The imposing two-storey red-brick Victorian hotel is the de facto welcoming committee when you arrive in town off the highway from Melbourne. Even if you’ve just planning to drive past, the sight of people kicking back with a beer at the outside tables is enough to make anyone find room their itinerary for a quick stop.
The urban winery movement arrived with a bang in Central Victoria with the June opening of Musk Lane – but first you have to find it.
Tucked down a no-name laneway in central Kyneton (the owners are in the process of having it officially anointed Turners Lane, after the Turner Bros Hardware yard that used to inhabit the site) this working winery, cellar door, wine bar, beer garden and neighbourhood hangout shows that you don’t have to leave the comforts of town for a taste of terroir.
“Nature is the manifestation of divinity, for heaven’s sake,” smiles Roger McLean. He sits calm and collected. His white hair quiffed. His water-coloured gaze pulling the room apart - recalibrating something spiritual. Roger McLean is not interested in alcohol for alcohol’s sake. In the Middle Ages, medicinal practices were referred to as natural magic - Herbal Lore distillery evokes that diminished practice.
Terrines, rillettes and pates are the holy trinity to any occasion that celebrates conversation and clinking coupes. For Cameron and Murvet McKenzie, the duo behind local small-goods favourite Max and Delilah, the essence of these rustic dishes is simple—for people to enjoy each other's company. For centuries, food has catered to that bond.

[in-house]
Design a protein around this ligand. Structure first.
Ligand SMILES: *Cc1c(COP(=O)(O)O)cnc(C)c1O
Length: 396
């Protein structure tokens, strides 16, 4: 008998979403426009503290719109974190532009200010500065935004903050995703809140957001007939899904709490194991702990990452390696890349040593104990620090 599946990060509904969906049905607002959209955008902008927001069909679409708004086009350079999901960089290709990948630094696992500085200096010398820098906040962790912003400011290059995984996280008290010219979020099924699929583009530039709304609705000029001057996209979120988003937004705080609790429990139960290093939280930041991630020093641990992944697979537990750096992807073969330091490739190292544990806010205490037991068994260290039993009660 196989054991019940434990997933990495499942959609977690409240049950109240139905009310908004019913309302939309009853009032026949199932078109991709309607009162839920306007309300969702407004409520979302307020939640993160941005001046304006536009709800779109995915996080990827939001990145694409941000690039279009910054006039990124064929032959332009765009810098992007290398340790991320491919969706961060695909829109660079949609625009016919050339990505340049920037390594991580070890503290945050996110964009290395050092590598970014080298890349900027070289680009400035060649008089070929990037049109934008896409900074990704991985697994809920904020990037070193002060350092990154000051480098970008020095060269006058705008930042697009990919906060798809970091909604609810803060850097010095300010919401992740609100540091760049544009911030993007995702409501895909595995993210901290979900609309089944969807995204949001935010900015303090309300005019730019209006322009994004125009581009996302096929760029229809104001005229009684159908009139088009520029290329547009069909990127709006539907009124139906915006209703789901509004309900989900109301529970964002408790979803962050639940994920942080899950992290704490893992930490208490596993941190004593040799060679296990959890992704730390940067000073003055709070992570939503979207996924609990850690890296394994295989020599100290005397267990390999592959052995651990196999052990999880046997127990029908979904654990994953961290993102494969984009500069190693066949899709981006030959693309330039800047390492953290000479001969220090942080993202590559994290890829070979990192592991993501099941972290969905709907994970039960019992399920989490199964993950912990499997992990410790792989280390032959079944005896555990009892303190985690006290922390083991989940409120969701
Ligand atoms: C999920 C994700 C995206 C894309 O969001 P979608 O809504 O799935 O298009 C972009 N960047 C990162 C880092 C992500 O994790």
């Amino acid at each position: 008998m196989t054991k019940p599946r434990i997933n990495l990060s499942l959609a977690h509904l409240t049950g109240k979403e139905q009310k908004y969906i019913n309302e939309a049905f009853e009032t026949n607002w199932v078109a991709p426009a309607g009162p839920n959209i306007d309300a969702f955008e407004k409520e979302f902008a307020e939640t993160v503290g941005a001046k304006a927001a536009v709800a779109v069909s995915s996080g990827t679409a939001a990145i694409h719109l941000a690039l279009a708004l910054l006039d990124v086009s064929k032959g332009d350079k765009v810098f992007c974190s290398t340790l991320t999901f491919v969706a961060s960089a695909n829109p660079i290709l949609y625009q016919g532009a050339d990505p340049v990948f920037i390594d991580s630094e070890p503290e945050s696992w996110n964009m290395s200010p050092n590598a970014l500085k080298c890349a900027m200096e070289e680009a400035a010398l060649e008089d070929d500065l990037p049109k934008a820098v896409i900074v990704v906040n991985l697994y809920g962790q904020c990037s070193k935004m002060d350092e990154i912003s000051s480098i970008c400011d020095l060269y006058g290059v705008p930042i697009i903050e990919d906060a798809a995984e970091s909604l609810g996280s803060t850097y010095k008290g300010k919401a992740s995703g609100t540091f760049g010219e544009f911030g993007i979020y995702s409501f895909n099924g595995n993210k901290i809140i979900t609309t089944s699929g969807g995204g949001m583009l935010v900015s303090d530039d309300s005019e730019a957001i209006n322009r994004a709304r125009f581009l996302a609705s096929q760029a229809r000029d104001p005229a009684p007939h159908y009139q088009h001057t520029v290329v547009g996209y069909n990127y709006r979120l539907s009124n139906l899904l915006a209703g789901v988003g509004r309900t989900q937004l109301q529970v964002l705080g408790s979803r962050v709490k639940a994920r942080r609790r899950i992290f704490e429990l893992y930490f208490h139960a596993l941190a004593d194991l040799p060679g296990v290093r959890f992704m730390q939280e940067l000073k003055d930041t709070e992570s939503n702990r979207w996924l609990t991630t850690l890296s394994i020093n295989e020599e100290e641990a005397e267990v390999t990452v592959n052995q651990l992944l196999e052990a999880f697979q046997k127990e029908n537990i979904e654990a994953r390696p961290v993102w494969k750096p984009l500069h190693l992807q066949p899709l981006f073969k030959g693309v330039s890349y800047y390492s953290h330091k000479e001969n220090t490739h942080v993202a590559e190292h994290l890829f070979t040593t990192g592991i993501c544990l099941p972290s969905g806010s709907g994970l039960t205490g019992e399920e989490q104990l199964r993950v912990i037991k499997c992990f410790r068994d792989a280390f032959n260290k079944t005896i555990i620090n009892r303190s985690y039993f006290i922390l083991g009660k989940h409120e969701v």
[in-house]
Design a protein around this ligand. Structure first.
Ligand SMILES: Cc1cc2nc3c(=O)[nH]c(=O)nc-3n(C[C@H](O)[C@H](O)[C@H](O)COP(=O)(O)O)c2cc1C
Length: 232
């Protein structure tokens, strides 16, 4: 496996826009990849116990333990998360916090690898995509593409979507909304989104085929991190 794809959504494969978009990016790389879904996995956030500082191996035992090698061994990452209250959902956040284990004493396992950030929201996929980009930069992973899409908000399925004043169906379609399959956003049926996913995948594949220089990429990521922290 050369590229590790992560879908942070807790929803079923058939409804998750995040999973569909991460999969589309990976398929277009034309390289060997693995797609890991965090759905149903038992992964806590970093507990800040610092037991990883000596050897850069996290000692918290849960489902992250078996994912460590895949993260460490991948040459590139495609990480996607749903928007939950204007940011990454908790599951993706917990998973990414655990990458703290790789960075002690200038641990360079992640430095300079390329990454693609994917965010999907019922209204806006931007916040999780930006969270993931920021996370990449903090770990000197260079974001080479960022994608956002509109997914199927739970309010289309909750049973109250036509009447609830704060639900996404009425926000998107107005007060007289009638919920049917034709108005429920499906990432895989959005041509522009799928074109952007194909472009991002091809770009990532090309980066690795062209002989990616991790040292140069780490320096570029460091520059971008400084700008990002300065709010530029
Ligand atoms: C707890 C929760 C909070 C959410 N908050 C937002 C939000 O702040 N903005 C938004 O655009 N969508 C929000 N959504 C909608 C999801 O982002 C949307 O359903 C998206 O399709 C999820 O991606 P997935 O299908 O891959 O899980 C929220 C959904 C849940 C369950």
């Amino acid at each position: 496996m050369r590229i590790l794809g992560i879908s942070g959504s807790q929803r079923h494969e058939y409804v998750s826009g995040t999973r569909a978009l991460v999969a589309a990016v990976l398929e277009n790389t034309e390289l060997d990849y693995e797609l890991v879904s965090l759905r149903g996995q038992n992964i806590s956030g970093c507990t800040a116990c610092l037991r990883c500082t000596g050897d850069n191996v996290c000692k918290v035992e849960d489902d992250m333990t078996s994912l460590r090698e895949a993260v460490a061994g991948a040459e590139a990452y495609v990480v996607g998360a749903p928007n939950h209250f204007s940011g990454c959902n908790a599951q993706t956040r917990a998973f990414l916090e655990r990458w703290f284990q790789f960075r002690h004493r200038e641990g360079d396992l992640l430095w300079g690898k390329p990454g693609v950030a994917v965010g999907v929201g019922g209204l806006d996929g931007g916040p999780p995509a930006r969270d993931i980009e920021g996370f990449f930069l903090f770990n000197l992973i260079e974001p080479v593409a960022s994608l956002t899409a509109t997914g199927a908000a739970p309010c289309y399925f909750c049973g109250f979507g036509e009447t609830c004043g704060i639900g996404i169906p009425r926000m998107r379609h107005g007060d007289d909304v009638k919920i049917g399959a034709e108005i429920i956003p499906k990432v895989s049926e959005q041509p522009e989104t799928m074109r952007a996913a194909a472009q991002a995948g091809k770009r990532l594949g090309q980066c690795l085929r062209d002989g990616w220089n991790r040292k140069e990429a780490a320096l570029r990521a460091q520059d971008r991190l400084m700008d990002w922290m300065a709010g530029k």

Murvet waltzes in, glowing with enthusiasm. We meet at Wine By The Country, the testing grounds for Max and Delilah. “Cameron was dead set against food names for the company,” smiles Murvet, “Max and Delilah are our two cats. Delilah passed away two years ago but Max is still kicking around.”
Abbie the truffle dog runs excitedly beneath the oak trees. She stops at a small mound of earth under a tree and gives a delicate scratch at the surface of the soil. Her handler Sue Daly looks pleased. “Another truffle,” she says. She takes out a small trowel and carefully digs around the mound with archaeological like delicacy to reveal the subterranean source of the bulge. It’s a truffle. A great big black truffle. A delicacy originally from Europe they are so valuable they are sold by the gram. Two dollars and fifty cents per gram. A decent sized piece to shave over your pasta will cost $25.